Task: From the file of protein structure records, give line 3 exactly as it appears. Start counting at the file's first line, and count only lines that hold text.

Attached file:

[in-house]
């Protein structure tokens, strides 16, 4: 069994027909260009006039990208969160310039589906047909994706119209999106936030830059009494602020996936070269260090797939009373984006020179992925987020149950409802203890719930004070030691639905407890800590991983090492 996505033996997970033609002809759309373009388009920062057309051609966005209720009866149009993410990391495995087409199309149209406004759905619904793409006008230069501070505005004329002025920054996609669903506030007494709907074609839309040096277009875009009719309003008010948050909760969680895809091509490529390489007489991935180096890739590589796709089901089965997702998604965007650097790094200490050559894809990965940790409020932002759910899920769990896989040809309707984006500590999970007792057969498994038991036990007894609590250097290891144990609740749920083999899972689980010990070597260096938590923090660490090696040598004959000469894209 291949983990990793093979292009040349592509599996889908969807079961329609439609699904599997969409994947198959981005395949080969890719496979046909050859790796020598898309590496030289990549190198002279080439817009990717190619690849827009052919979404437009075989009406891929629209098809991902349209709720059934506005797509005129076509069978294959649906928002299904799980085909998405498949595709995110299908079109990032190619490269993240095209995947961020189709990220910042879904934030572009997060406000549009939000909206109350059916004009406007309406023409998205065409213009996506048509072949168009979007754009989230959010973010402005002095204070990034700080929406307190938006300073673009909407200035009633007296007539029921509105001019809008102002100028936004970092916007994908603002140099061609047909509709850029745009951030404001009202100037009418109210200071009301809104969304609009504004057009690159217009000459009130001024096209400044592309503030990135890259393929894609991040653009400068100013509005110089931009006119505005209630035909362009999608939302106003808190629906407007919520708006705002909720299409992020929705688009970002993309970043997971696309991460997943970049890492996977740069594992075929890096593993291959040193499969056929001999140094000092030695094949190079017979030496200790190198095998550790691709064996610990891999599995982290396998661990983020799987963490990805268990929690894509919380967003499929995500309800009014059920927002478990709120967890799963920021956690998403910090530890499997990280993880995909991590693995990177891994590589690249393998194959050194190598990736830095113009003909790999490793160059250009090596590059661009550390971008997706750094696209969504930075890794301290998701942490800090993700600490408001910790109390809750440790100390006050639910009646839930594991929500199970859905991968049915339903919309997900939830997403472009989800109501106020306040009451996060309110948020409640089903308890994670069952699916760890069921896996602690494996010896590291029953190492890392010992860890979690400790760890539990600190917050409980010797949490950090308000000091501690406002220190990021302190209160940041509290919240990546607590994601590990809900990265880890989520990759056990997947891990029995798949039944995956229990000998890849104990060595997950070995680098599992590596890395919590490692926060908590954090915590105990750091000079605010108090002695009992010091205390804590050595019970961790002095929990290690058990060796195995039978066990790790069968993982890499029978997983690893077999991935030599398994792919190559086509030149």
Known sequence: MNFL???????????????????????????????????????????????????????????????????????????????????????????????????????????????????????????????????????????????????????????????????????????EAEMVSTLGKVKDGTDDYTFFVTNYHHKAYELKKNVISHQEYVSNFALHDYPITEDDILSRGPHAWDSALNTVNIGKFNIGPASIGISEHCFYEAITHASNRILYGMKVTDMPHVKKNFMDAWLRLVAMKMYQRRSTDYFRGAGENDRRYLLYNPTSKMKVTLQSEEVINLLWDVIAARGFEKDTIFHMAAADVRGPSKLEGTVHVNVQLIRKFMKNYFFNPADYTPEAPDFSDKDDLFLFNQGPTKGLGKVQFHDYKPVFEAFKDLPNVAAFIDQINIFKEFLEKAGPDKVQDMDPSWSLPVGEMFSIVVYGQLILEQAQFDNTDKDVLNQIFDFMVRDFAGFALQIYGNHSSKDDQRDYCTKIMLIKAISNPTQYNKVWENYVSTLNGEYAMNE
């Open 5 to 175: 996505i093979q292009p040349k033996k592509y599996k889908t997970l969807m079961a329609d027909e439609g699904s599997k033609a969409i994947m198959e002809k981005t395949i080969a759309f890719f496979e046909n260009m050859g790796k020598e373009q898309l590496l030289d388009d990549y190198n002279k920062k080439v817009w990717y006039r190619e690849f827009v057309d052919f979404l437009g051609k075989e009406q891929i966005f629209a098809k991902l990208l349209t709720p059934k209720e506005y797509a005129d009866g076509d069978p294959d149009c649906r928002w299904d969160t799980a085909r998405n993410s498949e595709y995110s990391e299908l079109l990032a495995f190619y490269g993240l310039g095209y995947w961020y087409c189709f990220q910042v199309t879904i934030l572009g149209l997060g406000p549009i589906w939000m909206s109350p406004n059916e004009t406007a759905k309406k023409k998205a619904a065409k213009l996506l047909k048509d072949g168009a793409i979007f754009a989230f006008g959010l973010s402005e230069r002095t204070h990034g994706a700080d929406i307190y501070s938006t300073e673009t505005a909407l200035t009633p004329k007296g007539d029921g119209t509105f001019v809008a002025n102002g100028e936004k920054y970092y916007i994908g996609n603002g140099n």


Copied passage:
Known sequence: MNFL???????????????????????????????????????????????????????????????????????????????????????????????????????????????????????????????????????????????????????????????????????????EAEMVSTLGKVKDGTDDYTFFVTNYHHKAYELKKNVISHQEYVSNFALHDYPITEDDILSRGPHAWDSALNTVNIGKFNIGPASIGISEHCFYEAITHASNRILYGMKVTDMPHVKKNFMDAWLRLVAMKMYQRRSTDYFRGAGENDRRYLLYNPTSKMKVTLQSEEVINLLWDVIAARGFEKDTIFHMAAADVRGPSKLEGTVHVNVQLIRKFMKNYFFNPADYTPEAPDFSDKDDLFLFNQGPTKGLGKVQFHDYKPVFEAFKDLPNVAAFIDQINIFKEFLEKAGPDKVQDMDPSWSLPVGEMFSIVVYGQLILEQAQFDNTDKDVLNQIFDFMVRDFAGFALQIYGNHSSKDDQRDYCTKIMLIKAISNPTQYNKVWENYVSTLNGEYAMNE